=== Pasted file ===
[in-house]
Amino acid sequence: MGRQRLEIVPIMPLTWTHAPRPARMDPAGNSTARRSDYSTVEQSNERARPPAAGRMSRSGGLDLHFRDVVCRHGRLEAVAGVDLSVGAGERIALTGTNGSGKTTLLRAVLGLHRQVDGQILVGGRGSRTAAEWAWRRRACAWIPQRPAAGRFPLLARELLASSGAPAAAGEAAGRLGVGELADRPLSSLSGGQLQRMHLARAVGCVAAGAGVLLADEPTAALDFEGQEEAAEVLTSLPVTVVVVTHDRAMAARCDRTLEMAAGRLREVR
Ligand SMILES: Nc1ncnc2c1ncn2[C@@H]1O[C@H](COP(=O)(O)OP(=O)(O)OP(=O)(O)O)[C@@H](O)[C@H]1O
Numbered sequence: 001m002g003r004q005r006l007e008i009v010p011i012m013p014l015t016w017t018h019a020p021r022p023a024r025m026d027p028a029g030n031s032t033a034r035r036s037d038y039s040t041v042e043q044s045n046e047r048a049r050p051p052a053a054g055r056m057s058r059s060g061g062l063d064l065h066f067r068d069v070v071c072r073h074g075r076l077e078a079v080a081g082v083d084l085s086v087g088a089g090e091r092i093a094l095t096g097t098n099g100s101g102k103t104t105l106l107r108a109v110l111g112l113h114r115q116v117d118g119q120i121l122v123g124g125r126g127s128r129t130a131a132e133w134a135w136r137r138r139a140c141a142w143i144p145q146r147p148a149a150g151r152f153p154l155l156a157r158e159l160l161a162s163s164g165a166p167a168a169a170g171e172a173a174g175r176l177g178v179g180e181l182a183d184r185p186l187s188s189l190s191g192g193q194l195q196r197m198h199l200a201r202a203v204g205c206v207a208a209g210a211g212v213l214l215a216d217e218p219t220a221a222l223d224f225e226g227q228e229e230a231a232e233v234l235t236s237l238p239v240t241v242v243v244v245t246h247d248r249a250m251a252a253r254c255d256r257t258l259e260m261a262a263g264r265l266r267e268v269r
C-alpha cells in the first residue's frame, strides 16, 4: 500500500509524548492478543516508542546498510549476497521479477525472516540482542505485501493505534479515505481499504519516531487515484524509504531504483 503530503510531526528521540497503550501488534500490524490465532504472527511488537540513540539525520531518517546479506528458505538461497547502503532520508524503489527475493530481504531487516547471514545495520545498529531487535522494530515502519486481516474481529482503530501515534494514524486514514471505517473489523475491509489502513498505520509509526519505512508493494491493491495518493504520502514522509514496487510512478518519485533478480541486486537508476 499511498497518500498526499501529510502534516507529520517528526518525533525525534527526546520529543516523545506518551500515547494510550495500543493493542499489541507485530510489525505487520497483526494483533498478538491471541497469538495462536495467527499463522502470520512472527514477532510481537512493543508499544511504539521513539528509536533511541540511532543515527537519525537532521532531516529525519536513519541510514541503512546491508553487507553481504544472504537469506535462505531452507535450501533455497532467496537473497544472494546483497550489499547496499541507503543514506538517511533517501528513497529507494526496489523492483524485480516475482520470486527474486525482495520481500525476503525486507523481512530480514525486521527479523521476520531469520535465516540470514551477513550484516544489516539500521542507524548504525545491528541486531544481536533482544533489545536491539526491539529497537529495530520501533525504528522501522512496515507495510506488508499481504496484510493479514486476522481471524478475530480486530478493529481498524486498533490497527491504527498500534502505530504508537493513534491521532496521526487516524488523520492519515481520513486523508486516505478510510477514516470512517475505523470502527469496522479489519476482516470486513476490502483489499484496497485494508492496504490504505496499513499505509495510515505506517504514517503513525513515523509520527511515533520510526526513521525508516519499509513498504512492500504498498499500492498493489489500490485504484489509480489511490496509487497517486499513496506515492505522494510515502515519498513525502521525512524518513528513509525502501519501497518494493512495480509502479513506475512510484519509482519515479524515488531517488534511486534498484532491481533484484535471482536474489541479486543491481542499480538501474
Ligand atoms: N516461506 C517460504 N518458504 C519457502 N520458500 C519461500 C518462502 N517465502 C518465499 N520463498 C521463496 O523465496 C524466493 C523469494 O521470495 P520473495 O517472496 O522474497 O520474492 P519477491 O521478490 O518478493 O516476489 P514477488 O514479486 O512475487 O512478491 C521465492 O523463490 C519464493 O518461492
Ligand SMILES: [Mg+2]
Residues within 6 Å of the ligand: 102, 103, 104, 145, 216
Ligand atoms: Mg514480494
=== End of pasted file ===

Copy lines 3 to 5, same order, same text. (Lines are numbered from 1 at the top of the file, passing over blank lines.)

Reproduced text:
Ligand SMILES: Nc1ncnc2c1ncn2[C@@H]1O[C@H](COP(=O)(O)OP(=O)(O)OP(=O)(O)O)[C@@H](O)[C@H]1O
Numbered sequence: 001m002g003r004q005r006l007e008i009v010p011i012m013p014l015t016w017t018h019a020p021r022p023a024r025m026d027p028a029g030n031s032t033a034r035r036s037d038y039s040t041v042e043q044s045n046e047r048a049r050p051p052a053a054g055r056m057s058r059s060g061g062l063d064l065h066f067r068d069v070v071c072r073h074g075r076l077e078a079v080a081g082v083d084l085s086v087g088a089g090e091r092i093a094l095t096g097t098n099g100s101g102k103t104t105l106l107r108a109v110l111g112l113h114r115q116v117d118g119q120i121l122v123g124g125r126g127s128r129t130a131a132e133w134a135w136r137r138r139a140c141a142w143i144p145q146r147p148a149a150g151r152f153p154l155l156a157r158e159l160l161a162s163s164g165a166p167a168a169a170g171e172a173a174g175r176l177g178v179g180e181l182a183d184r185p186l187s188s189l190s191g192g193q194l195q196r197m198h199l200a201r202a203v204g205c206v207a208a209g210a211g212v213l214l215a216d217e218p219t220a221a222l223d224f225e226g227q228e229e230a231a232e233v234l235t236s237l238p239v240t241v242v243v244v245t246h247d248r249a250m251a252a253r254c255d256r257t258l259e260m261a262a263g264r265l266r267e268v269r
C-alpha cells in the first residue's frame, strides 16, 4: 500500500509524548492478543516508542546498510549476497521479477525472516540482542505485501493505534479515505481499504519516531487515484524509504531504483 503530503510531526528521540497503550501488534500490524490465532504472527511488537540513540539525520531518517546479506528458505538461497547502503532520508524503489527475493530481504531487516547471514545495520545498529531487535522494530515502519486481516474481529482503530501515534494514524486514514471505517473489523475491509489502513498505520509509526519505512508493494491493491495518493504520502514522509514496487510512478518519485533478480541486486537508476 499511498497518500498526499501529510502534516507529520517528526518525533525525534527526546520529543516523545506518551500515547494510550495500543493493542499489541507485530510489525505487520497483526494483533498478538491471541497469538495462536495467527499463522502470520512472527514477532510481537512493543508499544511504539521513539528509536533511541540511532543515527537519525537532521532531516529525519536513519541510514541503512546491508553487507553481504544472504537469506535462505531452507535450501533455497532467496537473497544472494546483497550489499547496499541507503543514506538517511533517501528513497529507494526496489523492483524485480516475482520470486527474486525482495520481500525476503525486507523481512530480514525486521527479523521476520531469520535465516540470514551477513550484516544489516539500521542507524548504525545491528541486531544481536533482544533489545536491539526491539529497537529495530520501533525504528522501522512496515507495510506488508499481504496484510493479514486476522481471524478475530480486530478493529481498524486498533490497527491504527498500534502505530504508537493513534491521532496521526487516524488523520492519515481520513486523508486516505478510510477514516470512517475505523470502527469496522479489519476482516470486513476490502483489499484496497485494508492496504490504505496499513499505509495510515505506517504514517503513525513515523509520527511515533520510526526513521525508516519499509513498504512492500504498498499500492498493489489500490485504484489509480489511490496509487497517486499513496506515492505522494510515502515519498513525502521525512524518513528513509525502501519501497518494493512495480509502479513506475512510484519509482519515479524515488531517488534511486534498484532491481533484484535471482536474489541479486543491481542499480538501474